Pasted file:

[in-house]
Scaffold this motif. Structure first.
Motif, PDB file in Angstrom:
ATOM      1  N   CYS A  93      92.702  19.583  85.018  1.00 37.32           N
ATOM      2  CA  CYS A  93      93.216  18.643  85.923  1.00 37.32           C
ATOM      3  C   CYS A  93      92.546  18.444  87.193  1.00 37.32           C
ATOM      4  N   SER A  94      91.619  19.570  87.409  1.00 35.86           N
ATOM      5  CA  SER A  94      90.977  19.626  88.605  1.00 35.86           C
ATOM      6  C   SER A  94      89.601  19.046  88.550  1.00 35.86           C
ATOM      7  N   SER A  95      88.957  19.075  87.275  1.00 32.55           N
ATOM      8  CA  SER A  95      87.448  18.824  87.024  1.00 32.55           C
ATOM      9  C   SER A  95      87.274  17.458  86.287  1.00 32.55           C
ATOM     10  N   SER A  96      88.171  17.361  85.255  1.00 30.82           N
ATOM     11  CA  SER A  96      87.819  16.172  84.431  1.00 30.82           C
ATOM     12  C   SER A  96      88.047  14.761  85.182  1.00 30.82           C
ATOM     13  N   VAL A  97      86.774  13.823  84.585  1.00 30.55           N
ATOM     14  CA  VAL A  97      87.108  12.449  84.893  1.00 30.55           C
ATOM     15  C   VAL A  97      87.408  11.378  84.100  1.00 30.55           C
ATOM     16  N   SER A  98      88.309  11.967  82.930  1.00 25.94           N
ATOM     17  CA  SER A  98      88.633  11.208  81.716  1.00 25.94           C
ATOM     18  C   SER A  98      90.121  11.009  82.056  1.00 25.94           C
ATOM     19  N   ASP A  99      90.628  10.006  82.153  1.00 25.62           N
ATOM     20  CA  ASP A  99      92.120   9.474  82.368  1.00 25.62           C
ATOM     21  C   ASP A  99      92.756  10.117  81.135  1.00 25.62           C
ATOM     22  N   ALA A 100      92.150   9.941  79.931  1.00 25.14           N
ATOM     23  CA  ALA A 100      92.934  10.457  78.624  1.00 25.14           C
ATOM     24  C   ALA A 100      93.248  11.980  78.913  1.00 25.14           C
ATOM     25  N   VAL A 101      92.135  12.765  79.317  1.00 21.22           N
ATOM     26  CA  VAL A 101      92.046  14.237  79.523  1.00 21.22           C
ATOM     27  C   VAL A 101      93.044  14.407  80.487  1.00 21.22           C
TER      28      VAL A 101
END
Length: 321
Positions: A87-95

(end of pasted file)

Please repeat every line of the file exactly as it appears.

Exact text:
[in-house]
Scaffold this motif. Structure first.
Motif, PDB file in Angstrom:
ATOM      1  N   CYS A  93      92.702  19.583  85.018  1.00 37.32           N
ATOM      2  CA  CYS A  93      93.216  18.643  85.923  1.00 37.32           C
ATOM      3  C   CYS A  93      92.546  18.444  87.193  1.00 37.32           C
ATOM      4  N   SER A  94      91.619  19.570  87.409  1.00 35.86           N
ATOM      5  CA  SER A  94      90.977  19.626  88.605  1.00 35.86           C
ATOM      6  C   SER A  94      89.601  19.046  88.550  1.00 35.86           C
ATOM      7  N   SER A  95      88.957  19.075  87.275  1.00 32.55           N
ATOM      8  CA  SER A  95      87.448  18.824  87.024  1.00 32.55           C
ATOM      9  C   SER A  95      87.274  17.458  86.287  1.00 32.55           C
ATOM     10  N   SER A  96      88.171  17.361  85.255  1.00 30.82           N
ATOM     11  CA  SER A  96      87.819  16.172  84.431  1.00 30.82           C
ATOM     12  C   SER A  96      88.047  14.761  85.182  1.00 30.82           C
ATOM     13  N   VAL A  97      86.774  13.823  84.585  1.00 30.55           N
ATOM     14  CA  VAL A  97      87.108  12.449  84.893  1.00 30.55           C
ATOM     15  C   VAL A  97      87.408  11.378  84.100  1.00 30.55           C
ATOM     16  N   SER A  98      88.309  11.967  82.930  1.00 25.94           N
ATOM     17  CA  SER A  98      88.633  11.208  81.716  1.00 25.94           C
ATOM     18  C   SER A  98      90.121  11.009  82.056  1.00 25.94           C
ATOM     19  N   ASP A  99      90.628  10.006  82.153  1.00 25.62           N
ATOM     20  CA  ASP A  99      92.120   9.474  82.368  1.00 25.62           C
ATOM     21  C   ASP A  99      92.756  10.117  81.135  1.00 25.62           C
ATOM     22  N   ALA A 100      92.150   9.941  79.931  1.00 25.14           N
ATOM     23  CA  ALA A 100      92.934  10.457  78.624  1.00 25.14           C
ATOM     24  C   ALA A 100      93.248  11.980  78.913  1.00 25.14           C
ATOM     25  N   VAL A 101      92.135  12.765  79.317  1.00 21.22           N
ATOM     26  CA  VAL A 101      92.046  14.237  79.523  1.00 21.22           C
ATOM     27  C   VAL A 101      93.044  14.407  80.487  1.00 21.22           C
TER      28      VAL A 101
END
Length: 321
Positions: A87-95